A coaching client asked me yesterday why if I am so against cluttering up blogs with widgets do I show my FeedBurner count and Technorati button on my blog?
Before I answer check out this from Wired about an eBay study …
After 470 auctions, Resnick found that the Swansons’ main account, with its high customer rating, earned an average of 8.1 percent more per transaction than the fakes. It was the first hard proof that a feedback score —” a number generated by a collection of unrelated people —” carries quantifiable real-world value. “What we’re seeing here is a new kind of trust,” Resnick says. “It’s a kind of impersonal trust geared to situations with lots of interactions among strangers.”
Human beings are wired to look for tiny danger signals. “Bad” things make us feel on edge. At the same time we look for signs that we can trust. In interpersonal exchanges these will be non-verbal signals, often that say “I am just like you” or “I am popular and trusted by others”.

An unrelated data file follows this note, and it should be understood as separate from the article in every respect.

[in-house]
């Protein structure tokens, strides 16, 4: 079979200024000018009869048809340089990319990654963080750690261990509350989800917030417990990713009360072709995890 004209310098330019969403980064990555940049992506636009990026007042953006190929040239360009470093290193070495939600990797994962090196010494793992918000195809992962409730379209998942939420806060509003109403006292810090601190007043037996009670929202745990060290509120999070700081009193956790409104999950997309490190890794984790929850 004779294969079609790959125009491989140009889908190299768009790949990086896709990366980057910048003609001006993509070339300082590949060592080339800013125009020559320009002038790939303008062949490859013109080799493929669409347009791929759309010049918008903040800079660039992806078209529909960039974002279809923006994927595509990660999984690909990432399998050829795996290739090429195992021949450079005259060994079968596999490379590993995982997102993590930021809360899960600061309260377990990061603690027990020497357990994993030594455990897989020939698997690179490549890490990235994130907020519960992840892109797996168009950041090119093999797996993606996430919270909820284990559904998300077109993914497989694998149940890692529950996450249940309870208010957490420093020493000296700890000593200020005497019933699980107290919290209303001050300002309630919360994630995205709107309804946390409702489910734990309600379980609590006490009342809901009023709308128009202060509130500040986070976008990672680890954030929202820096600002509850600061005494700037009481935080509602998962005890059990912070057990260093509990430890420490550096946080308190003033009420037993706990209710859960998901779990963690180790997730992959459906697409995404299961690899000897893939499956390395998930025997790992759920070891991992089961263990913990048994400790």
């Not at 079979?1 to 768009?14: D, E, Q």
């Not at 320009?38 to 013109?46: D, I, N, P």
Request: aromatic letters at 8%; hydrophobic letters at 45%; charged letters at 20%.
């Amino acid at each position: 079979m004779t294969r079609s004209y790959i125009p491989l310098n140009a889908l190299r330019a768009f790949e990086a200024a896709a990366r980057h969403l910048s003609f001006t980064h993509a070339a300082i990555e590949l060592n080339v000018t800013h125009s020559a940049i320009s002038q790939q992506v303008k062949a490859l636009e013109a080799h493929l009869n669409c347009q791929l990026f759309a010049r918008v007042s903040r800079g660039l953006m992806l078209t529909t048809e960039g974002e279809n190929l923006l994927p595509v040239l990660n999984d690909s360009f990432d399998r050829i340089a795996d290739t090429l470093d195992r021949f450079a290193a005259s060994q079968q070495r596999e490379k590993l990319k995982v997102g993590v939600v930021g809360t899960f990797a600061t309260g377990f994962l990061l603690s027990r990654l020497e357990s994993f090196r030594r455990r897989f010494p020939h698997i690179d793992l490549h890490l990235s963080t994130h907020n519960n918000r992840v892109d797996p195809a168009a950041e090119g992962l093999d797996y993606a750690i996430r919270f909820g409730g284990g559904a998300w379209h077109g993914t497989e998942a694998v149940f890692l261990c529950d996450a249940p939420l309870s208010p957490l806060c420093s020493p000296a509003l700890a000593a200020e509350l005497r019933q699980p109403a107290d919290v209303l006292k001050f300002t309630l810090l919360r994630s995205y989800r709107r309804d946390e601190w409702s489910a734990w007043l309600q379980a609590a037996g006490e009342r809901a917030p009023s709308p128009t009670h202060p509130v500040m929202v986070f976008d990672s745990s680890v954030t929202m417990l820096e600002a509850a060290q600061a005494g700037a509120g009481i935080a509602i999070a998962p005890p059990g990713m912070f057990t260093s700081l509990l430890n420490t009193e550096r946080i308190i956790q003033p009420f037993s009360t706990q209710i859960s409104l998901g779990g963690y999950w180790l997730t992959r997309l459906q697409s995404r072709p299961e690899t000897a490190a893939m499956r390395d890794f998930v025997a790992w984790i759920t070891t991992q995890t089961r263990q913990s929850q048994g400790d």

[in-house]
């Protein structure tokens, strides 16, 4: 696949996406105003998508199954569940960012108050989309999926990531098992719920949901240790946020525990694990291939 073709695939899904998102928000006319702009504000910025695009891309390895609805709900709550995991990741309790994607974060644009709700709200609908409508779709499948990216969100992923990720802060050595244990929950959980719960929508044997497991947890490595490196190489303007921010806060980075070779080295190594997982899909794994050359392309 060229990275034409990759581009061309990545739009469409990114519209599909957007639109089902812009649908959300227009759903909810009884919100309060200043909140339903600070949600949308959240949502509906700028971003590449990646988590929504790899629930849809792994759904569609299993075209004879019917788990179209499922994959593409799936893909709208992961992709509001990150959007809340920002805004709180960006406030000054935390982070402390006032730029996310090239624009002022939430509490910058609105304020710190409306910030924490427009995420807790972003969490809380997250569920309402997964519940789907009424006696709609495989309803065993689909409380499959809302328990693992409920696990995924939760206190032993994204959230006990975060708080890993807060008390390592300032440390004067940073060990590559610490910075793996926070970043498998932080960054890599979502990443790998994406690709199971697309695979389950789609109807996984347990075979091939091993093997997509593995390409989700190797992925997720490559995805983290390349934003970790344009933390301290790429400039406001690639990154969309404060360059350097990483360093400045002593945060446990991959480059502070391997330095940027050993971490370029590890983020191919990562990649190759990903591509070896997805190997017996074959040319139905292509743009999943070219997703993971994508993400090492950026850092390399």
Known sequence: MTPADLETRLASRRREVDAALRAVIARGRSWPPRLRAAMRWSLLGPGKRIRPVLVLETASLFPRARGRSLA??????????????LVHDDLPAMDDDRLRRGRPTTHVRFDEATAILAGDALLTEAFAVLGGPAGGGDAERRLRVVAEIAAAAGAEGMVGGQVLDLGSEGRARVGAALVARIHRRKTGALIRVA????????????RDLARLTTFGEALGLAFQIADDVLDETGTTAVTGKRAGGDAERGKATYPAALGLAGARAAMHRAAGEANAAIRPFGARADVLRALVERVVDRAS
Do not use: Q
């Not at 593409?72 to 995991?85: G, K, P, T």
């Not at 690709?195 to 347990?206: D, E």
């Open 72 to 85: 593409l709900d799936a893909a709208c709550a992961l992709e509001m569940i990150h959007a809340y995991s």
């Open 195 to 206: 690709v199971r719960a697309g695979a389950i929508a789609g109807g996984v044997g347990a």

E-commerce customers especially look for “Trust Marks”; is the site secure, are there testimonials, who does their card processing, are there contact details …
We put an enormous weight on the opinion of others. That is why testimonials and reviews work so well, and why the eBay trader rating scheme was such an inspired idea. It is though possible to infer trust from something as small as a FeedBurner count, an SOB award or even an ad from a prominent and respected company.
What do you think to yourself when you see buttons such as these?